Amazon has a long history of disrupting unionization.In 1999, Communication Workers of America launched a campaign to unite 400 customer service workers in Seattle. After months of campaigning against unions, Amazon shut down its call center in 2000 in what the company said was a dot-com-related restructuring.
In 2014, 21 equipment technicians at an Amazon warehouse in Delaware voted against the co-ordination of the event. International Association of Machinists and Aerospace Workers, according to what a union spokesperson described as
Amazon spokeswoman Mary Osako told Time magazine at the time that a “no” vote against third-party representation showed employees. “Prefer direct connection with Amazon”
The anti-union Bessemer workers seem to question its purpose.
LaVonette Stokes, who worked as an organizer for the Alabama Teachers’ Union when she wasn’t working at Amazon, and her husband held a mid-level process adviser position earning $ 15 to $ 19 an hour. But she said the unskilled labor union in Bessemer was unreasonable and would go too slowly. She and her husband spent $ 2,400 to print a flyer detailing the benefits of Amazon.
“We are talking about contracted unions where, yes, they get extra money. But they take about five to seven years before they add up, ”she said.
Her husband, William, said: “We are not opposed to trade unions, we are against this particular association and we are against the union at this place, especially everything this union offers.
Workers who agree with the unions say they hope it will improve working conditions, provide better job security and benefits when Amazon reports record profits, partly due to the rapid growth in work practices. Online retail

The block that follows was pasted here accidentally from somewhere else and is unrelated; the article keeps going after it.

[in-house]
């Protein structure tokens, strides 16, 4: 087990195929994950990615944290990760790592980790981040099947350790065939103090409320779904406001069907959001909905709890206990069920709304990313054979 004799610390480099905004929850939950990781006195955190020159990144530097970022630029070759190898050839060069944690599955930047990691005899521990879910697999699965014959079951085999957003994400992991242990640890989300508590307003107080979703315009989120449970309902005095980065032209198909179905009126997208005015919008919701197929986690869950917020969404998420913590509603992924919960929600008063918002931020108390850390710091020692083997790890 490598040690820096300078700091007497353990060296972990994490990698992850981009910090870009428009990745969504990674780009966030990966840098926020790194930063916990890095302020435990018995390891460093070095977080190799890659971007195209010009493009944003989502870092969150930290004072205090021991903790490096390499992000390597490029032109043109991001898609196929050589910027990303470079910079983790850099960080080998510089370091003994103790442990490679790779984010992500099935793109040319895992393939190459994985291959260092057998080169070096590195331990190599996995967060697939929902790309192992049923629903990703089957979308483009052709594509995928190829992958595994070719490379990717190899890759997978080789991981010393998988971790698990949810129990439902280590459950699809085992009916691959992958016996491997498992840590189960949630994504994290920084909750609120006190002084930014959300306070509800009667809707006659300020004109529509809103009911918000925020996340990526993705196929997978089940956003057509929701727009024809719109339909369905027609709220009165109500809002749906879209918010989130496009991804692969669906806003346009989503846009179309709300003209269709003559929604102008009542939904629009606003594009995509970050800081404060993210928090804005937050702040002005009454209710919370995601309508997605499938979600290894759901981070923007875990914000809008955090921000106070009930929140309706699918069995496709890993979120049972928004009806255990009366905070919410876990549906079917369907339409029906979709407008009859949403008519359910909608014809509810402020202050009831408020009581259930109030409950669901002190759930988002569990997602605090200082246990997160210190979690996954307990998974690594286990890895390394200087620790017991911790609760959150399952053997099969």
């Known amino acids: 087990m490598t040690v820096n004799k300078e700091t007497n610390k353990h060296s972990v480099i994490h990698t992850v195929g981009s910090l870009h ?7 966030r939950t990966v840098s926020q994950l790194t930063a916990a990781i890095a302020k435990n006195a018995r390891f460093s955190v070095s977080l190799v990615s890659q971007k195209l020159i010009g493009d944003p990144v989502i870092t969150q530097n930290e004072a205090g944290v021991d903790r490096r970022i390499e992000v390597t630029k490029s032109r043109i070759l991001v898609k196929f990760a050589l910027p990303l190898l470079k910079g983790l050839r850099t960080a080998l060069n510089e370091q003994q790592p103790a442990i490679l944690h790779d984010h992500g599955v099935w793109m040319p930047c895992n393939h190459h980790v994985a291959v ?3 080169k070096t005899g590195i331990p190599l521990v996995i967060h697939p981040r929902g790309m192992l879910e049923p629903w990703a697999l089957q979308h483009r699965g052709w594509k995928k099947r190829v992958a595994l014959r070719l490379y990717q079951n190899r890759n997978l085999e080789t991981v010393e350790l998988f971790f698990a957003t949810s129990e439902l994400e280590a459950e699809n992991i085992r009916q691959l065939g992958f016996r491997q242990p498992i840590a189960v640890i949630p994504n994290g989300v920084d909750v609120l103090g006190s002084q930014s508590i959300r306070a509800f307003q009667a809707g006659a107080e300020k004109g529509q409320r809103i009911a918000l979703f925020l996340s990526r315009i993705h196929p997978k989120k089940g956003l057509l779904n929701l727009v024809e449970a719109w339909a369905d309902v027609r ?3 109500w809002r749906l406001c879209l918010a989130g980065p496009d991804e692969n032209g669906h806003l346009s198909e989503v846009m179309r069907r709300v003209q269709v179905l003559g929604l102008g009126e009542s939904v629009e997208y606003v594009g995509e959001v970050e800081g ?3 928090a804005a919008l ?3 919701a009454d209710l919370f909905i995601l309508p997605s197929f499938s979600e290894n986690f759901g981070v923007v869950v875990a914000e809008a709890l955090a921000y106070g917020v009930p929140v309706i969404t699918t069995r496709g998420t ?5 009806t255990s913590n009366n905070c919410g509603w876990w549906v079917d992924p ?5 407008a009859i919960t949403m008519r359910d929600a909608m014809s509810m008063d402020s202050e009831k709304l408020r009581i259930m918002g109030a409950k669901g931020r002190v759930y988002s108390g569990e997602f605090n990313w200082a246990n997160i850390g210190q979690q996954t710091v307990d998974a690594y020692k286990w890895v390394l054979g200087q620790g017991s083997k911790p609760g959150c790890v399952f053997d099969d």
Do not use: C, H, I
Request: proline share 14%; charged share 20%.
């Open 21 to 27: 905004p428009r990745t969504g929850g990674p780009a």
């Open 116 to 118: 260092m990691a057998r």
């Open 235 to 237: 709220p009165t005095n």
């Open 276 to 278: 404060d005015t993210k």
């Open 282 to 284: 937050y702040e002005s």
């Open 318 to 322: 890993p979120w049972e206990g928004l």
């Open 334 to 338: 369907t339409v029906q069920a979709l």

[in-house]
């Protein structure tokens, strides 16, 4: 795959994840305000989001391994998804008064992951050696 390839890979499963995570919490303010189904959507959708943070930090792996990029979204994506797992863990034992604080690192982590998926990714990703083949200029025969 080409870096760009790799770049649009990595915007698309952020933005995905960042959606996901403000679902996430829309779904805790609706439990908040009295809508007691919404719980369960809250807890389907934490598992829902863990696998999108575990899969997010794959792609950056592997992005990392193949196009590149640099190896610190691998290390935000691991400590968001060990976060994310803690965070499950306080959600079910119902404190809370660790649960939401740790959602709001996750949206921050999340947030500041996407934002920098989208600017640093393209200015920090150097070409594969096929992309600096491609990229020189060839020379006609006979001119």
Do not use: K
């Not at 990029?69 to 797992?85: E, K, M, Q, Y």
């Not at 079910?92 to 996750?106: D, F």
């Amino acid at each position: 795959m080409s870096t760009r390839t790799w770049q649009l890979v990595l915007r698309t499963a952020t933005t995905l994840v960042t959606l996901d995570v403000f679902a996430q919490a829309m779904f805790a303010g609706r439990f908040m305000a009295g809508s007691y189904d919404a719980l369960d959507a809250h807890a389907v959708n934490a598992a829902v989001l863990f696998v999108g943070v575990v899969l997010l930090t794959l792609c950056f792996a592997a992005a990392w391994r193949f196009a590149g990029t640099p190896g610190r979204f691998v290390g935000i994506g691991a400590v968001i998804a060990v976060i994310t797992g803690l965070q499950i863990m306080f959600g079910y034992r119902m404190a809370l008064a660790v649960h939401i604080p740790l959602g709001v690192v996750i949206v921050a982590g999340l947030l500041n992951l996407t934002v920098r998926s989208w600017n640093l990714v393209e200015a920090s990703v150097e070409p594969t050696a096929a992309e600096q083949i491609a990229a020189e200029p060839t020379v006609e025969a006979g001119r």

“I love my job. I give 110 percent of my money every day I go there, no matter how stressful it gets,” said Bessemer warehouse worker Darryl Richardson. “But I feel that employees deserve better and better what they do.”
Richardson said he and other union workers were expected to be fired or forced from their jobs.
“I have to keep going, and I hate it,” he said. “It’s sad that you do everything you can to try to make things better for people, and you feel like you’re going to lose your job.”
Amazon spokeswoman Kelly Nantel said in an email: “We respect the right of all employees to join, form or not join the trade union or other lawful organization of their own choosing without fear of retaliation, intimidation or harassment.”
Amazon spokesman Leah Seay said that in Bessemer, health care coverage was offered and paid at least $ 15.30 hourly, higher than the federal minimum wage of $ 7.25 an hour. Alabama has no minimum wage law.
Employees are also receiving retirement plans, Seay said.
The union’s drive has attracted global attention on conditions for Amazon warehouse workers and the length of the company will prevent them from organizing, said Givan, professor Rutgers.
“Workers across the country watching what happen may be inspired by what will happen if you take action and gain national attention,” she said.
Analysts said consolidation efforts at other Amazon warehouses in the US are likely to continue, particularly in higher-cost states such as New York and California. Chelsea Conner, spokesman for RWDSU, said the union has received thousands of organizing questions from Amazon workers at other locations since the start of organizing efforts.
“Amazon is the best paying job unskilled workers can find in Alabama,” said Michael Pachter, an analyst at Wedbush Securities.
“It will cut into profits,” he said, “but it’s a humane thing to do.”